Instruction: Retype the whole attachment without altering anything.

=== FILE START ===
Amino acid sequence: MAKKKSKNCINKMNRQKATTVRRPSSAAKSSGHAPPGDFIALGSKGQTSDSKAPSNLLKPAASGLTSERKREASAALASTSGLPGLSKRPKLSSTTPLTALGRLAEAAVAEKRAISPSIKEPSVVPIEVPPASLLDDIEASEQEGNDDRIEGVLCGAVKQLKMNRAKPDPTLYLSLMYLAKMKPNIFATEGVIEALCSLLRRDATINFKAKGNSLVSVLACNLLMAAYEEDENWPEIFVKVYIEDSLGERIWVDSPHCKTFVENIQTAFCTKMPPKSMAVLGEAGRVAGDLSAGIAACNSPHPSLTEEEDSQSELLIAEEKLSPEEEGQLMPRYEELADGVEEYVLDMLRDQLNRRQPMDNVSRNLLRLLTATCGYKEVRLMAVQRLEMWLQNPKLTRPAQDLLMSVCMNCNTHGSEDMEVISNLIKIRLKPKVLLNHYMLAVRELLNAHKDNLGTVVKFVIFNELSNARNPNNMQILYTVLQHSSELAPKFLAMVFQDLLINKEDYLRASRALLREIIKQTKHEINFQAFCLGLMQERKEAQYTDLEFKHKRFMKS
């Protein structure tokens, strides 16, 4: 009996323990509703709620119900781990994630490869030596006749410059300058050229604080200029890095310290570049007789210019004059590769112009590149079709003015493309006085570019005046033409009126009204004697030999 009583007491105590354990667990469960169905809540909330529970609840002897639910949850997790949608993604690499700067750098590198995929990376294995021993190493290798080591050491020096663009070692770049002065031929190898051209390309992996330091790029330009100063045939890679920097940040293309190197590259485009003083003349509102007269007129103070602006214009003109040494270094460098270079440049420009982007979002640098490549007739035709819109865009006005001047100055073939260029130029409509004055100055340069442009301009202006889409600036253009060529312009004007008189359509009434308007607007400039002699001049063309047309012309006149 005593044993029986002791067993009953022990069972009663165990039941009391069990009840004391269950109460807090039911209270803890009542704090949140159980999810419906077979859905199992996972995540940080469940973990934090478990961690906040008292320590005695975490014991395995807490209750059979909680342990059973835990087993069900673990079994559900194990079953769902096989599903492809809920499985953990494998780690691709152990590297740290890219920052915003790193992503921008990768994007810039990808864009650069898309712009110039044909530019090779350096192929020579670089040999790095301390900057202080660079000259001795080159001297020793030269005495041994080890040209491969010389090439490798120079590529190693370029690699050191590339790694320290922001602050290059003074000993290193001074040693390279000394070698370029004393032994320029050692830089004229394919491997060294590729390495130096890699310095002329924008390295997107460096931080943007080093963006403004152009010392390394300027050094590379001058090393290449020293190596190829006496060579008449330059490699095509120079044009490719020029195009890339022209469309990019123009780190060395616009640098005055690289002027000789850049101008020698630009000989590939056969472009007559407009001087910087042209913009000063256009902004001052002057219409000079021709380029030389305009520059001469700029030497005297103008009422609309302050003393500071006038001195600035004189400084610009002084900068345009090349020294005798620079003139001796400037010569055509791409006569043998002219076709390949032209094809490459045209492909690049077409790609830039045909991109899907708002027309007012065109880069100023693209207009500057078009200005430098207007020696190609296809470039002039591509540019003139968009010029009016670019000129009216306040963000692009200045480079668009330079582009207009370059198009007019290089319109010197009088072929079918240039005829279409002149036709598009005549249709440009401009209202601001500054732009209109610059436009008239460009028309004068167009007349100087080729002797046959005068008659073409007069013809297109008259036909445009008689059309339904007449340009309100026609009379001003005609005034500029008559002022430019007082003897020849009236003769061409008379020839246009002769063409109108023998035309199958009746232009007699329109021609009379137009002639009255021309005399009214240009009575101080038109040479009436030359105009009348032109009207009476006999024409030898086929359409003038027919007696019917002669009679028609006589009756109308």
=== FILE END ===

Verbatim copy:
Amino acid sequence: MAKKKSKNCINKMNRQKATTVRRPSSAAKSSGHAPPGDFIALGSKGQTSDSKAPSNLLKPAASGLTSERKREASAALASTSGLPGLSKRPKLSSTTPLTALGRLAEAAVAEKRAISPSIKEPSVVPIEVPPASLLDDIEASEQEGNDDRIEGVLCGAVKQLKMNRAKPDPTLYLSLMYLAKMKPNIFATEGVIEALCSLLRRDATINFKAKGNSLVSVLACNLLMAAYEEDENWPEIFVKVYIEDSLGERIWVDSPHCKTFVENIQTAFCTKMPPKSMAVLGEAGRVAGDLSAGIAACNSPHPSLTEEEDSQSELLIAEEKLSPEEEGQLMPRYEELADGVEEYVLDMLRDQLNRRQPMDNVSRNLLRLLTATCGYKEVRLMAVQRLEMWLQNPKLTRPAQDLLMSVCMNCNTHGSEDMEVISNLIKIRLKPKVLLNHYMLAVRELLNAHKDNLGTVVKFVIFNELSNARNPNNMQILYTVLQHSSELAPKFLAMVFQDLLINKEDYLRASRALLREIIKQTKHEINFQAFCLGLMQERKEAQYTDLEFKHKRFMKS
């Protein structure tokens, strides 16, 4: 009996323990509703709620119900781990994630490869030596006749410059300058050229604080200029890095310290570049007789210019004059590769112009590149079709003015493309006085570019005046033409009126009204004697030999 009583007491105590354990667990469960169905809540909330529970609840002897639910949850997790949608993604690499700067750098590198995929990376294995021993190493290798080591050491020096663009070692770049002065031929190898051209390309992996330091790029330009100063045939890679920097940040293309190197590259485009003083003349509102007269007129103070602006214009003109040494270094460098270079440049420009982007979002640098490549007739035709819109865009006005001047100055073939260029130029409509004055100055340069442009301009202006889409600036253009060529312009004007008189359509009434308007607007400039002699001049063309047309012309006149 005593044993029986002791067993009953022990069972009663165990039941009391069990009840004391269950109460807090039911209270803890009542704090949140159980999810419906077979859905199992996972995540940080469940973990934090478990961690906040008292320590005695975490014991395995807490209750059979909680342990059973835990087993069900673990079994559900194990079953769902096989599903492809809920499985953990494998780690691709152990590297740290890219920052915003790193992503921008990768994007810039990808864009650069898309712009110039044909530019090779350096192929020579670089040999790095301390900057202080660079000259001795080159001297020793030269005495041994080890040209491969010389090439490798120079590529190693370029690699050191590339790694320290922001602050290059003074000993290193001074040693390279000394070698370029004393032994320029050692830089004229394919491997060294590729390495130096890699310095002329924008390295997107460096931080943007080093963006403004152009010392390394300027050094590379001058090393290449020293190596190829006496060579008449330059490699095509120079044009490719020029195009890339022209469309990019123009780190060395616009640098005055690289002027000789850049101008020698630009000989590939056969472009007559407009001087910087042209913009000063256009902004001052002057219409000079021709380029030389305009520059001469700029030497005297103008009422609309302050003393500071006038001195600035004189400084610009002084900068345009090349020294005798620079003139001796400037010569055509791409006569043998002219076709390949032209094809490459045209492909690049077409790609830039045909991109899907708002027309007012065109880069100023693209207009500057078009200005430098207007020696190609296809470039002039591509540019003139968009010029009016670019000129009216306040963000692009200045480079668009330079582009207009370059198009007019290089319109010197009088072929079918240039005829279409002149036709598009005549249709440009401009209202601001500054732009209109610059436009008239460009028309004068167009007349100087080729002797046959005068008659073409007069013809297109008259036909445009008689059309339904007449340009309100026609009379001003005609005034500029008559002022430019007082003897020849009236003769061409008379020839246009002769063409109108023998035309199958009746232009007699329109021609009379137009002639009255021309005399009214240009009575101080038109040479009436030359105009009348032109009207009476006999024409030898086929359409003038027919007696019917002669009679028609006589009756109308």